International student participants and their tutors addressed lexical issues much more frequently than US-educated participants (and their tutors). Further, lexical issues were addressed more frequently than other issues in sessions with international students. [14] This is consistent with findings from other studies in which word choice emerged as an

important focus of discussion in ESL writing conferences (Cogie, 2006; Cumming & So, 1996).[15]  More than 40% of the 55 feedback sequences in Shaolan’s session addressed lexical aspects of the paper. Only 13%, or seven out of 55 sequences, were related to grammatical issues” [16] (104).[3]

[3] Nakamaru, Sarah. “Lexical Issues in Writing Center Tutorials with International and US-Educated Multilingual Writers,” Journal of Second Language Writing, 19 (2010):95-113.

Sentence-By-Sentence Explanation of Research Writing in Example 1: 

[13] In Nakamaru's "Findings and Discussion" section, she organizes it with her research questions.

[14] Her first two sentences are explaining one specific finding from her study.

[15] Here, she is naming the relationship between her study's findings and previous scholarship ("consistent"). This sentence names the relationship, explains enough specific information about the findings of others that also suggests how their focus was slightly different from hers, and she cites the two texts she is referencing in parentheses. It's useful to know that when you connect to others' findings, the goal is to be precise and nuanced--not to simplify your explanation of their work in order to just make it fit exactly.

[16] At the end of the paragraph, she is zooming into the details of her findings. "Shaolan" was a pseudonym for one of her participants.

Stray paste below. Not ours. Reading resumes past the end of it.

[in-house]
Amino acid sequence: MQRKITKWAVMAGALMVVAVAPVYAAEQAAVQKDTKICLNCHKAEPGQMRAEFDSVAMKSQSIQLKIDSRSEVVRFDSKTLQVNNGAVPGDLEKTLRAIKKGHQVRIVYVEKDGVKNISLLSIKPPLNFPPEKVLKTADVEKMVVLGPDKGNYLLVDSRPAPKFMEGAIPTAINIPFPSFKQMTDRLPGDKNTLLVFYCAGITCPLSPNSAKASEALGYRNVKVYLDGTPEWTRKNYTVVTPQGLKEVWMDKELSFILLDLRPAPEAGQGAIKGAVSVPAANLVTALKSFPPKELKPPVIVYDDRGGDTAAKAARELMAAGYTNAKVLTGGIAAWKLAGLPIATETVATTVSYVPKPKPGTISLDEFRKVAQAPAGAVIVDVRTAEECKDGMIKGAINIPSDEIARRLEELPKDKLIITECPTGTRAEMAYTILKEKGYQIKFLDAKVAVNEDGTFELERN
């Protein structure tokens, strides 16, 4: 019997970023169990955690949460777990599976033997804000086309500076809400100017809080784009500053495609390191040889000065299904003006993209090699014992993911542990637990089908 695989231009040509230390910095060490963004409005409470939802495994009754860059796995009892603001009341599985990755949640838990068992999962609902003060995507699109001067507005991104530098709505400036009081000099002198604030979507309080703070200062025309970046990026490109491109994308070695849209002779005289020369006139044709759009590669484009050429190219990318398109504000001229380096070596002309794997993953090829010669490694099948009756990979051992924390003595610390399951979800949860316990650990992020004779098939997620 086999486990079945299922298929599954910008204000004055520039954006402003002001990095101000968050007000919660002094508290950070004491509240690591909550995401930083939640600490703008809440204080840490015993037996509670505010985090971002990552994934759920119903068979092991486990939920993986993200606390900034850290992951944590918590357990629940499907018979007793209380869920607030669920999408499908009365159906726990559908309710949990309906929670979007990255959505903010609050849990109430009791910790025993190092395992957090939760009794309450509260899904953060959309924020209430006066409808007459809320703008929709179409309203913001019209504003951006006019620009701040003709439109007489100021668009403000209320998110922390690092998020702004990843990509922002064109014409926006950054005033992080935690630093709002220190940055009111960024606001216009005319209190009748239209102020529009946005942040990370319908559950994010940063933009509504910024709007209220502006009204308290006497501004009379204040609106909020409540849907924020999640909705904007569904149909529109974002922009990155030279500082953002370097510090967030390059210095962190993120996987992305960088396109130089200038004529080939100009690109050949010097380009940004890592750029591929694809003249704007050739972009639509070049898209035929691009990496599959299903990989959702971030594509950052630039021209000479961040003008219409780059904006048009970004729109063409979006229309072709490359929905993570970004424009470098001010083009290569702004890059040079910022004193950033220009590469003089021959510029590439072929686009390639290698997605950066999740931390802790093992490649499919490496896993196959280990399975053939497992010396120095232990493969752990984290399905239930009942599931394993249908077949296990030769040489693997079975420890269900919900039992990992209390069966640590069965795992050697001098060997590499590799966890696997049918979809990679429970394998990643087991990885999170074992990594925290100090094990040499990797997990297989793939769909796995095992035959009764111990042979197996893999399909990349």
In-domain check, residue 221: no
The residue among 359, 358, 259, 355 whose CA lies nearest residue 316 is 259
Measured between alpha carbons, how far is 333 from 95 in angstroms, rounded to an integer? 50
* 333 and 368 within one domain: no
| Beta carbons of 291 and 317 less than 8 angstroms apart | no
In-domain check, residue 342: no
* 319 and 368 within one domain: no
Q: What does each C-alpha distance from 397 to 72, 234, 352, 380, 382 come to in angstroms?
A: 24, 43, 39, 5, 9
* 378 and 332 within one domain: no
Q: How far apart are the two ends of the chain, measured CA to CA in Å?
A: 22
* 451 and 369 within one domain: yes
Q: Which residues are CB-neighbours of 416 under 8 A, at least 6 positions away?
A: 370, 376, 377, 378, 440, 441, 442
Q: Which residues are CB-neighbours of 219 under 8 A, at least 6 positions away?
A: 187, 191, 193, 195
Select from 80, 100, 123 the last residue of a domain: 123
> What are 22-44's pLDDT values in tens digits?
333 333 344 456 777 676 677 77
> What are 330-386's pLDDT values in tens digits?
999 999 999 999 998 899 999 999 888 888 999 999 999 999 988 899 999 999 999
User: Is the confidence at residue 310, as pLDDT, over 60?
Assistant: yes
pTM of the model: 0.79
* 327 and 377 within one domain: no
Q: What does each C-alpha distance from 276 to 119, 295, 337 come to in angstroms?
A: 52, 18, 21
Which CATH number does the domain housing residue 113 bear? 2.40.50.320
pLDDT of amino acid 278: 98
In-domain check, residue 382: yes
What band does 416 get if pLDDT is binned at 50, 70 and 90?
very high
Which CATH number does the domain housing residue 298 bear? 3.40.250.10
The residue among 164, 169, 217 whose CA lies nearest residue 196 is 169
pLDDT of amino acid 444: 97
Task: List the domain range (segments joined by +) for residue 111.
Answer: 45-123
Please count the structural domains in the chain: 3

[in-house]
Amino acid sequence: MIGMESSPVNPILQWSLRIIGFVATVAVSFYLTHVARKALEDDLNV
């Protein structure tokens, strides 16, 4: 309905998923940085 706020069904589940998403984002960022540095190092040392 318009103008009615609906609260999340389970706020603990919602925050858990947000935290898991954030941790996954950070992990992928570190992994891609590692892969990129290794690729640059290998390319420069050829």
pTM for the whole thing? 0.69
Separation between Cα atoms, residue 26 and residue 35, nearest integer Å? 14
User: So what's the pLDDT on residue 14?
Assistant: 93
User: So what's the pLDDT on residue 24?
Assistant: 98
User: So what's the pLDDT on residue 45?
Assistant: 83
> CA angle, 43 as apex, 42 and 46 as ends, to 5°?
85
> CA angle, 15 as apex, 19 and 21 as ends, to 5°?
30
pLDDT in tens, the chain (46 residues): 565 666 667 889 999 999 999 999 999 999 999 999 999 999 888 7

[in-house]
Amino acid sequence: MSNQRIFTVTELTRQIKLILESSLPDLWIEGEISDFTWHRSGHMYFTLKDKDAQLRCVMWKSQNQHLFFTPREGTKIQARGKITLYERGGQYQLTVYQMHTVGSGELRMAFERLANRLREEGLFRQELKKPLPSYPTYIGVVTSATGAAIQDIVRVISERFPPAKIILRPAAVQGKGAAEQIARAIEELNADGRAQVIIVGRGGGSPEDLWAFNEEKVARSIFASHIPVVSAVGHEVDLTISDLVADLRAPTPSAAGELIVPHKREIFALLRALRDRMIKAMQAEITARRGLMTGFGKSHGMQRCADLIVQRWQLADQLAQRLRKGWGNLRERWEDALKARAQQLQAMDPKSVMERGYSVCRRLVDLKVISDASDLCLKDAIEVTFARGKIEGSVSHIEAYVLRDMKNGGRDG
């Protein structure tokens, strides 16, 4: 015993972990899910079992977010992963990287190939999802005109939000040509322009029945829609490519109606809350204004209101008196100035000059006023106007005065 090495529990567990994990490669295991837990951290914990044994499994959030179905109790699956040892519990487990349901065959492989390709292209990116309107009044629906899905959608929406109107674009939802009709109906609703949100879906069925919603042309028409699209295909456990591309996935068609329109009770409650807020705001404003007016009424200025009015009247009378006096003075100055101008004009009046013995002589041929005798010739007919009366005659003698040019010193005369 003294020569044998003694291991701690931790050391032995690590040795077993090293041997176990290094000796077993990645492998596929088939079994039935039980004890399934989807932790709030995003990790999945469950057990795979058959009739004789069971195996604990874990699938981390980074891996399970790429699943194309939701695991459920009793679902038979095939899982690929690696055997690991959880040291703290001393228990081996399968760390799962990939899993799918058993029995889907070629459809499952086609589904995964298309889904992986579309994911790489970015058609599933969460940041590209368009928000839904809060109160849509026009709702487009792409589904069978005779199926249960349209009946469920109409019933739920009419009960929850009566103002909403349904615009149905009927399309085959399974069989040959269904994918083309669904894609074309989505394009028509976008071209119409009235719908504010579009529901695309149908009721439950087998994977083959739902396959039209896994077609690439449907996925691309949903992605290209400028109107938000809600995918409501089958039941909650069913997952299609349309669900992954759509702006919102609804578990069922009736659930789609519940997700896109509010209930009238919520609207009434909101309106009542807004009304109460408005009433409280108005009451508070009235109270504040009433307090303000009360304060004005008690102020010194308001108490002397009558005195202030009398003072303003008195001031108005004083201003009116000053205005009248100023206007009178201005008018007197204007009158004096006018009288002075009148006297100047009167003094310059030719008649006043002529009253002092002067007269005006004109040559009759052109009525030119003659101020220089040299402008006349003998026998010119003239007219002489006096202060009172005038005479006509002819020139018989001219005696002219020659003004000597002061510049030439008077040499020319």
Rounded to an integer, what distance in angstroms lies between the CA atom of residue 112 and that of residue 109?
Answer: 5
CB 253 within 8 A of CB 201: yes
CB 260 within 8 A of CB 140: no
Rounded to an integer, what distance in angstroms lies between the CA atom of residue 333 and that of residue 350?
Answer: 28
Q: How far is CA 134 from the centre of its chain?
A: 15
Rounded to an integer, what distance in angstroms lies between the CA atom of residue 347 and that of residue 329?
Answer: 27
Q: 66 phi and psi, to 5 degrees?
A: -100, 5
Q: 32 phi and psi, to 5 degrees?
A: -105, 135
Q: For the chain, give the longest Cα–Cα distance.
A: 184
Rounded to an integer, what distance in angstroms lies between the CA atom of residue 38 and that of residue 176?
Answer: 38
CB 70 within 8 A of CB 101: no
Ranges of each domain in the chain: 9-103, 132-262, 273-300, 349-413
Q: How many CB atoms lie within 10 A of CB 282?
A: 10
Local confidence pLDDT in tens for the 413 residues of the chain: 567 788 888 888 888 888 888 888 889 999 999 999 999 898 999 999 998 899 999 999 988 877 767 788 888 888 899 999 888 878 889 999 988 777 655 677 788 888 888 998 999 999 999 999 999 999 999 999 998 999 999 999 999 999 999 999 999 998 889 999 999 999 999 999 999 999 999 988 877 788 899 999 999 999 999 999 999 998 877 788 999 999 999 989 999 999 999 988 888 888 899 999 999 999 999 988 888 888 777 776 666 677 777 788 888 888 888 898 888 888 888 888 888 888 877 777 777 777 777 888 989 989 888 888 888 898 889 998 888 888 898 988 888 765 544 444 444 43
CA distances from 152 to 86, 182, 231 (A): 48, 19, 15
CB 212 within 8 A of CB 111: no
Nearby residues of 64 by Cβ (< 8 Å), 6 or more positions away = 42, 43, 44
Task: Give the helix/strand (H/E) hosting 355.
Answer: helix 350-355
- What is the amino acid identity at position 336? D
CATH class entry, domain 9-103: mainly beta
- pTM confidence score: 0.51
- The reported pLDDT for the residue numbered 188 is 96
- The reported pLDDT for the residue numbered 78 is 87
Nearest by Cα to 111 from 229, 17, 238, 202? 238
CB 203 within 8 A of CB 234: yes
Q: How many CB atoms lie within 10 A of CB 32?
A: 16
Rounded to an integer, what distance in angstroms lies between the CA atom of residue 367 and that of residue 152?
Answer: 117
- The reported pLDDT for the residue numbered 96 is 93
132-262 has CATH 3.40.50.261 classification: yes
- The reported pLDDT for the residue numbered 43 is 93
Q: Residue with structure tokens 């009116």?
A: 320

Example 2:

“Ultimately, the consultants’ familiarity with the English topics becomes a temptation to control the interaction. Since they have knowledge of or experience with the topic, they can use it, whereas in the engineering consultations, they are forced to question instead of answer because they lack familiarity and experience with the topics. [17] Writing center theory constantly reminds us that consultants should use an inquiry model in which they remain equal with and supportive of students (Kinkead and Harris; North; Olsen).[18]  Consequently, whatever amount of experience they have with a topic, they should replicate the questioning format that Anne and Micki use with the engineering students.[19]  In practice, writing centers inevitably end up with both subject area “experts” and “non-experts.” This situation is not necessarily problematic if writing centers learn how to address it: since everyone cannot be an expert, centers must develop effective training for both roles.[20]  It may be telling that although both Anne and Micki use controlling techniques during their consultations with the English student, Micki uses them less. Perhaps extra years of experience and training have helped Micki communicate more supportively—suggesting that training might be the key to addressing this potential problem”[21]  (71).[4]

[4] Johnson, Ruth, and Beth Clark and Mario Burton. “Finding Harmony in Disharmony: Engineering and English Studies,” Young Scholars in Writing, 5 (2015): 63-73.

Sentence-By-Sentence Explanation of Research Writing in Example 2: 

[17]In the third body paragraph of their discussion section, Johnson, Clark, and Burton zoom into a particular finding and explain it clearly to start the paragraph.

[18] Here, they are bringing in what writing center theory--via the three authors listed--tells us is a best practice for writing center tutors (using an inquiry model). So they are summarizing and pulling together the ideas of several authors here to make a point that contrasts their own findings of what tutors were doing.

[19] Here they are explaining that two of the tutors in their study (Anne and Micki) did enact this "best practice." So, after citing the research, they explain how this did or did not happen in their own study.

[20] Here they offer the larger implications of this particular finding--does this matter? If so, how and why?

[21] Moving beyond definitive results, here they are offering potential solutions that might be implied from their findings.



A Link to a PDF Handout of this Writing Guide